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Grandparent scams target elderly, using Target gift cards

SUFFOLK COUNTY, N.Y. — Roger, 80, invited PIX11 into the home he's lived in since 1959 and proudly showed us pictures of his seven grandchildren. But the former airline mechanic isn't proud of the scam he got swept into that cost him $4,000 in cash.

"She was yelling, 'Grandpa, grandpa,'" Roger recounted of the phone call he received in early December.

He was upstairs in his house, about 9 a.m., and he hadn't bothered to check the caller ID on the television set.

Roger made the mistake of saying his granddaughter Michelle's name. The female voice didn't sound familiar, but the woman jumped on Roger's use of a name and said she was calling from California. She put a "lawyer" on the phone who said Michelle was riding in a car, when police stopped it and found a pound of marijuana under the driver's seat. Because "Michelle" was riding in the car, she was being held in jail and needed $4,000 to make bail.

But the lawyer didn't want $4,000 in a wire transfer or money order. He wanted Roger to purchase two $2,000 gift cards from Target.

Crazy as it sounded, Roger said he was so frazzled by his 35-year-old granddaughter possibly being held in jail that he ran to the bank to get $4,000 in cash. He then drove to the Target in Medford, Long Island, and bought the two gift cards.

The real Michelle is a nurse who was married in September and went to California on her honeymoon. Roger thought perhaps she had returned to visit friends.

When Roger returned home, he called a phone number with a 773 area code that he thought was a police precinct in California. That code is actually associated with British Columbia in Canada.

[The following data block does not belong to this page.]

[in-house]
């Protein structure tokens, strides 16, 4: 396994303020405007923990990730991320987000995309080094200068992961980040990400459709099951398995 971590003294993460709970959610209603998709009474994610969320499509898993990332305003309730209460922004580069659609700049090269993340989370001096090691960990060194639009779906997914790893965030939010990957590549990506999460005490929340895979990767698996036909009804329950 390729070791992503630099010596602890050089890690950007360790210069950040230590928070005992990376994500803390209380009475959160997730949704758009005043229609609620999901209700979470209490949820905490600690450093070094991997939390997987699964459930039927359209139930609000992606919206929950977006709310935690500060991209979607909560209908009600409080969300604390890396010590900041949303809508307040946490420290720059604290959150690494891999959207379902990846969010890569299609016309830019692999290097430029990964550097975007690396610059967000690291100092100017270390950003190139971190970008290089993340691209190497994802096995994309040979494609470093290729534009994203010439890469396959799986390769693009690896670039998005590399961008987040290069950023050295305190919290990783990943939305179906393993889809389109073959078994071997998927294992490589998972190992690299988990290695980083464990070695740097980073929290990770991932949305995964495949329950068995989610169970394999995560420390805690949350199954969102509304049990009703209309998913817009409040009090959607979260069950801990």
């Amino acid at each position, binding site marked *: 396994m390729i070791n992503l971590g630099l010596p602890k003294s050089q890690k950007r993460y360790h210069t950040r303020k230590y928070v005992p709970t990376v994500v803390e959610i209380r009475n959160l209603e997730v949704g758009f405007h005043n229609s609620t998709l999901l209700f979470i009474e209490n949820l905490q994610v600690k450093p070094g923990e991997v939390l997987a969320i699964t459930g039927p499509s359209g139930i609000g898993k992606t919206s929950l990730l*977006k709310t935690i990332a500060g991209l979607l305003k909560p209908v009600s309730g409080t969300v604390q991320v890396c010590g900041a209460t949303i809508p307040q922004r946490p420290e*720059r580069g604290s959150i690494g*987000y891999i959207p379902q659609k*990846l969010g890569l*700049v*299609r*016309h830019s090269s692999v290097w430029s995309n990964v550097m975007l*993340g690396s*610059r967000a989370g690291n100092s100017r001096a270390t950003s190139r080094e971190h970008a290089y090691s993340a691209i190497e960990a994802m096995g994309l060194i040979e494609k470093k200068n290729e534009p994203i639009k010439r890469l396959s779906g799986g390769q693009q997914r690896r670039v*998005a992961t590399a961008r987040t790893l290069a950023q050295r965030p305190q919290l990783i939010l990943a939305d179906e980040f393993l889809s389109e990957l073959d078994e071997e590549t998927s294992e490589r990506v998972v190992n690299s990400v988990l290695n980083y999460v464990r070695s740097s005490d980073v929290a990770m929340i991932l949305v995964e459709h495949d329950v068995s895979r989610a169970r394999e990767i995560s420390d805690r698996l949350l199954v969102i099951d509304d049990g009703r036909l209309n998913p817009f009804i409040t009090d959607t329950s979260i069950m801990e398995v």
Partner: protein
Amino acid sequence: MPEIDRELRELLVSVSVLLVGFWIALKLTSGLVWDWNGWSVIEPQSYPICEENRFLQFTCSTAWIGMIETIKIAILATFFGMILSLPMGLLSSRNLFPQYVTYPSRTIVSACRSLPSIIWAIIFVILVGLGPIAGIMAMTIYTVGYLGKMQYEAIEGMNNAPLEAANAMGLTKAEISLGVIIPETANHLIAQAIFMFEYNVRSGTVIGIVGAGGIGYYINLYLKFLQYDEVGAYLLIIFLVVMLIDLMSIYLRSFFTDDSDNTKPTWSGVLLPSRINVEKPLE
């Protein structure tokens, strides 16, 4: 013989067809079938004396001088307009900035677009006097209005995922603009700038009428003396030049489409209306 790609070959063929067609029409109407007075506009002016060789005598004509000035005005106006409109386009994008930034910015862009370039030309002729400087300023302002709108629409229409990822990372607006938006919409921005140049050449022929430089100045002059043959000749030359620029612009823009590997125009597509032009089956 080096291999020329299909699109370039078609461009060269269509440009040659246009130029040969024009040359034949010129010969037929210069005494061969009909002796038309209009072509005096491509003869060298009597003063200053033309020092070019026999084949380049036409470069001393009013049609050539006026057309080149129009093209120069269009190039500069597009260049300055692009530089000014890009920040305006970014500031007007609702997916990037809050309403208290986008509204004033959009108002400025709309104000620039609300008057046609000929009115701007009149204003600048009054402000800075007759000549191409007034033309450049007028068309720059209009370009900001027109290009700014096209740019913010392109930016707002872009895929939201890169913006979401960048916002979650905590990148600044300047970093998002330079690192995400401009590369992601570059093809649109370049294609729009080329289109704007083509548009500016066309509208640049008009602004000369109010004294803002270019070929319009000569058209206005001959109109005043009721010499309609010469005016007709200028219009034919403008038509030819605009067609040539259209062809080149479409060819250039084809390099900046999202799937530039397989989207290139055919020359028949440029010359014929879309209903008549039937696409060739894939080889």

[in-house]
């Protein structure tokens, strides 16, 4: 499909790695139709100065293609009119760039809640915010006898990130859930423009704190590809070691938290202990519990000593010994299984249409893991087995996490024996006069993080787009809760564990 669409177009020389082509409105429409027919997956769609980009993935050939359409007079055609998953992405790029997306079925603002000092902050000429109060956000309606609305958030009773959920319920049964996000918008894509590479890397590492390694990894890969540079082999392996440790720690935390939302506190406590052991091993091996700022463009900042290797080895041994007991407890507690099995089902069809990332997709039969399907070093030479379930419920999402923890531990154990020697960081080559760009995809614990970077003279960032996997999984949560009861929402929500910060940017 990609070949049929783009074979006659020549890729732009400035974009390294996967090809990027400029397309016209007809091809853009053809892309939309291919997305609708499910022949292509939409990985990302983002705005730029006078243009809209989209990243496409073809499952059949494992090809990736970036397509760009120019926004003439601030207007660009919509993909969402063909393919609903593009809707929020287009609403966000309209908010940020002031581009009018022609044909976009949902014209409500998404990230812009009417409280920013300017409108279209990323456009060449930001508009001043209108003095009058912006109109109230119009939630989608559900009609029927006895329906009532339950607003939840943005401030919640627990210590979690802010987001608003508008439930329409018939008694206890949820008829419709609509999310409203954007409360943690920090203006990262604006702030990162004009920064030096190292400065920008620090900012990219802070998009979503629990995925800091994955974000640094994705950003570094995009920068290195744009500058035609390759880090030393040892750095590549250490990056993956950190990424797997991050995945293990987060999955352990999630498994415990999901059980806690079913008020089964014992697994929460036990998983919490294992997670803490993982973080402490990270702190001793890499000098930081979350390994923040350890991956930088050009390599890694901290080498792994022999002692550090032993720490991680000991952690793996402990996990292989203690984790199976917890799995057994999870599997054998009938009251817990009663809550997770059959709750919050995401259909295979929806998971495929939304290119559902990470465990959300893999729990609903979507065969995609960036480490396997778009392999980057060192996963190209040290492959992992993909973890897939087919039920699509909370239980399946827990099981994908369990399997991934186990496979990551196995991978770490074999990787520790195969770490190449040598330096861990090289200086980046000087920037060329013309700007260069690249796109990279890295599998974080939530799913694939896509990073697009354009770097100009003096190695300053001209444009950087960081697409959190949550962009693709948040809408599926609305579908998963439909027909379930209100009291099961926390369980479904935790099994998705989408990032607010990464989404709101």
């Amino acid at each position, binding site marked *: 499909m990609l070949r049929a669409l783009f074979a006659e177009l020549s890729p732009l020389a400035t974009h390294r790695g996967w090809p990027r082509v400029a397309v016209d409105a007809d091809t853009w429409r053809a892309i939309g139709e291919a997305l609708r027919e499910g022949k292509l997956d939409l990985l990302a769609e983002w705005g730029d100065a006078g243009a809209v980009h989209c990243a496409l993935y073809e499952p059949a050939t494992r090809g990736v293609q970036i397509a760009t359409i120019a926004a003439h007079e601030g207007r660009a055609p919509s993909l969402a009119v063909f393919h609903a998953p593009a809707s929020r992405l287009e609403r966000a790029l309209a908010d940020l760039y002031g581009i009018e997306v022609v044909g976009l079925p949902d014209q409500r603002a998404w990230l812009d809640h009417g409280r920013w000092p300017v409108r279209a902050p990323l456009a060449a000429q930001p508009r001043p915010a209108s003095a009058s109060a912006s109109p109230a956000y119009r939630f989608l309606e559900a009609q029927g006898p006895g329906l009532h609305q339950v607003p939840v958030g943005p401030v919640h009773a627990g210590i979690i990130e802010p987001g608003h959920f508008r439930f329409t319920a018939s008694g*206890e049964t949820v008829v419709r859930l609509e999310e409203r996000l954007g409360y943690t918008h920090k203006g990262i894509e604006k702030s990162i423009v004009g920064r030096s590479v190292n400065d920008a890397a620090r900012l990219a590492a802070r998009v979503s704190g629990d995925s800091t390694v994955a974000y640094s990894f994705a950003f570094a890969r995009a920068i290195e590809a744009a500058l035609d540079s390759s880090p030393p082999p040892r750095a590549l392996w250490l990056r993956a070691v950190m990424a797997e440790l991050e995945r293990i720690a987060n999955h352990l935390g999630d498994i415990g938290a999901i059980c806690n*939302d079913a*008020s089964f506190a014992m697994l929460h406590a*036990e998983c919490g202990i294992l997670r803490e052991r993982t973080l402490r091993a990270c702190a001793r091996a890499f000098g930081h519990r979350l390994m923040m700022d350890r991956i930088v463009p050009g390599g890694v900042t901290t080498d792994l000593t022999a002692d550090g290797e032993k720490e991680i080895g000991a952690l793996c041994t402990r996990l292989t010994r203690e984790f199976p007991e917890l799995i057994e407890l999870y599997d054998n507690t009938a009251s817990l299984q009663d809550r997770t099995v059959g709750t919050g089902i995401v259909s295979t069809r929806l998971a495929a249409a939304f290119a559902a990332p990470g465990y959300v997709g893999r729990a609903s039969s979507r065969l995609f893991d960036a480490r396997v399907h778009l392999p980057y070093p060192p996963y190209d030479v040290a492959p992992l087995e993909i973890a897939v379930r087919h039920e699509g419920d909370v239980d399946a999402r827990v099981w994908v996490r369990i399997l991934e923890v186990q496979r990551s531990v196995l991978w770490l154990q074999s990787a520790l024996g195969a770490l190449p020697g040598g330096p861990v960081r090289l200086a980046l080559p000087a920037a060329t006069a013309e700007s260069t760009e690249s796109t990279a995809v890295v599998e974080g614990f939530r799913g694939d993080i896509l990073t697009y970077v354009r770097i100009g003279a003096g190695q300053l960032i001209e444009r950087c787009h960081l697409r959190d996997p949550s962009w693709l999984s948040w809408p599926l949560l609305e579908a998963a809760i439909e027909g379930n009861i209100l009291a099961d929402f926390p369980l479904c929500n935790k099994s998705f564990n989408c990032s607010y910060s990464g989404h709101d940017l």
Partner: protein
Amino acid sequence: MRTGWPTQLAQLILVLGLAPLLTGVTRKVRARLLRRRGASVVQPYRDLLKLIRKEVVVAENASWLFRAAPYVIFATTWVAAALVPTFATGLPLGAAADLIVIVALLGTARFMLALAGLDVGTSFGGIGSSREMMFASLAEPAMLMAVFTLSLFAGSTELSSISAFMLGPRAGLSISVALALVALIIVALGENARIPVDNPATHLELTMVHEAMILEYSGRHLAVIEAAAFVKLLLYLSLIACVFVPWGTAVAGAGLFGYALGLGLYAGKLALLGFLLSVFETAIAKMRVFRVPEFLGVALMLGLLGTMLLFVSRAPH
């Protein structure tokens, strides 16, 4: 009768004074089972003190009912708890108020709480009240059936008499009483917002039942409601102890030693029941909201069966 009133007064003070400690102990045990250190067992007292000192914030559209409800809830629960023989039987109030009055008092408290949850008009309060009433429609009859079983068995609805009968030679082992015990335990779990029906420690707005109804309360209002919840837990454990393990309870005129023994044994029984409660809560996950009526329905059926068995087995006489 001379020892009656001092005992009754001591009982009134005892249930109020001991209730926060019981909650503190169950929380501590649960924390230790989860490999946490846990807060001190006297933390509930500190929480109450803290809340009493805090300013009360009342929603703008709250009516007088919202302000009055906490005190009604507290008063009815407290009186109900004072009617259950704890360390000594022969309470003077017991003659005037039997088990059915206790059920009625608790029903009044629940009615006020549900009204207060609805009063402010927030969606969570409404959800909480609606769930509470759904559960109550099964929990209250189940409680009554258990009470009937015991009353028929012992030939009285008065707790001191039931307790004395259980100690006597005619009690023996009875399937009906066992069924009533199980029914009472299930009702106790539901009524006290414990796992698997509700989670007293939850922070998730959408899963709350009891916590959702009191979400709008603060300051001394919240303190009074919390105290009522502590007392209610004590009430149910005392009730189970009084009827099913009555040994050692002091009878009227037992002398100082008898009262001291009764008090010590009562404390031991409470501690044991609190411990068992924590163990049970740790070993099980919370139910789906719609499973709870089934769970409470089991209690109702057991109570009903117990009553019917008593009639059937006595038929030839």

The man who answered the 773 number took the two codes assigned to the Target gift cards and marveled that Roger had acted so quickly.

As soon as Roger hung up from the phony police precinct, his granddaughter, Michelle, called him and when Roger asked where she was, she responded, "Work."

Roger instantly knew he'd been scammed.

Michelle called her mother — Roger's daughter — who raced to the Target in Medford. But when the sales manager checked the computer, the same woman who had sold Roger the cards told his daughter, Cathy Donovan, there was "zero balance" on the cards. In fact, the cards had been converted to four $1,000 cards at a Target in Edgewater, New Jersey — more than 60 miles away from Medford.

Cathy Donovan sprang into action and demanded that Target cancel the new cards.

But Cathy said Target told her it couldn't do that.

Cathy communicated with a Senior Gift Card specialist at Target headquarters in Minnesota, who told Donovan "unfortunately, I don't have good news."

The gift card specialist stated since Roger willingly bought the cards and shared the code numbers with someone, there was nothing Target could do.

Cathy Donovan found the explanation unacceptable, so we repeatedly reached out to Target spokeswoman, Erica Winkels, in Minnesota.

Here is what Winkels had to say -- she never really answered our questions about why the two gift cards could be converted to four gift cards in a different state:

"Target is committed to providing a secure environment for our guests and team members. As a part of that commitment, we take a multi-layered, comprehensive approach to preventing theft and fraud that includes innovative programs and partnerships with local law enforcement, technology and team member training. We are aware of scams like these and have communicated to our store teams in the area. Additionally, we are actively working with law enforcement."